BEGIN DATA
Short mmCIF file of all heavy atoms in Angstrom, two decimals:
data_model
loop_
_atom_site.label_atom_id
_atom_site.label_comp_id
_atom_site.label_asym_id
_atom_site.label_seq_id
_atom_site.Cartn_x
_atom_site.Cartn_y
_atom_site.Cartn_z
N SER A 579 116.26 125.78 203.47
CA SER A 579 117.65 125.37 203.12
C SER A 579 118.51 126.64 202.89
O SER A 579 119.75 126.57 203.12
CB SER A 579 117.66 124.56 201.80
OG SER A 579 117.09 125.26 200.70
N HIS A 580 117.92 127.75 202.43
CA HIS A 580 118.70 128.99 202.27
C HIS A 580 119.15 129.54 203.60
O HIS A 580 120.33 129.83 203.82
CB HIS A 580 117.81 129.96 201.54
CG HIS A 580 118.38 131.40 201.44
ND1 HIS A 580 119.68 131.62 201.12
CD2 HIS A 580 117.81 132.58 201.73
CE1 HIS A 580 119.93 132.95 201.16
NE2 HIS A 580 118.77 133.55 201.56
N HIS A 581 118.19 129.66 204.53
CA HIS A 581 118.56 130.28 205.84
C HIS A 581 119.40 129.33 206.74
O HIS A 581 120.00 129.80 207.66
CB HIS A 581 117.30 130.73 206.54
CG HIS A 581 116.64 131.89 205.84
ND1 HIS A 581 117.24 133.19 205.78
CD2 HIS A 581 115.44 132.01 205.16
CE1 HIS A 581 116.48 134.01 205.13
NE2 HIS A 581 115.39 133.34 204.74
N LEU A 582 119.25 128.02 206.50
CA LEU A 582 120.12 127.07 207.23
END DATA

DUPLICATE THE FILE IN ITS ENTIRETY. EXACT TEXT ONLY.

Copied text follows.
Short mmCIF file of all heavy atoms in Angstrom, two decimals:
data_model
loop_
_atom_site.label_atom_id
_atom_site.label_comp_id
_atom_site.label_asym_id
_atom_site.label_seq_id
_atom_site.Cartn_x
_atom_site.Cartn_y
_atom_site.Cartn_z
N SER A 579 116.26 125.78 203.47
CA SER A 579 117.65 125.37 203.12
C SER A 579 118.51 126.64 202.89
O SER A 579 119.75 126.57 203.12
CB SER A 579 117.66 124.56 201.80
OG SER A 579 117.09 125.26 200.70
N HIS A 580 117.92 127.75 202.43
CA HIS A 580 118.70 128.99 202.27
C HIS A 580 119.15 129.54 203.60
O HIS A 580 120.33 129.83 203.82
CB HIS A 580 117.81 129.96 201.54
CG HIS A 580 118.38 131.40 201.44
ND1 HIS A 580 119.68 131.62 201.12
CD2 HIS A 580 117.81 132.58 201.73
CE1 HIS A 580 119.93 132.95 201.16
NE2 HIS A 580 118.77 133.55 201.56
N HIS A 581 118.19 129.66 204.53
CA HIS A 581 118.56 130.28 205.84
C HIS A 581 119.40 129.33 206.74
O HIS A 581 120.00 129.80 207.66
CB HIS A 581 117.30 130.73 206.54
CG HIS A 581 116.64 131.89 205.84
ND1 HIS A 581 117.24 133.19 205.78
CD2 HIS A 581 115.44 132.01 205.16
CE1 HIS A 581 116.48 134.01 205.13
NE2 HIS A 581 115.39 133.34 204.74
N LEU A 582 119.25 128.02 206.50
CA LEU A 582 120.12 127.07 207.23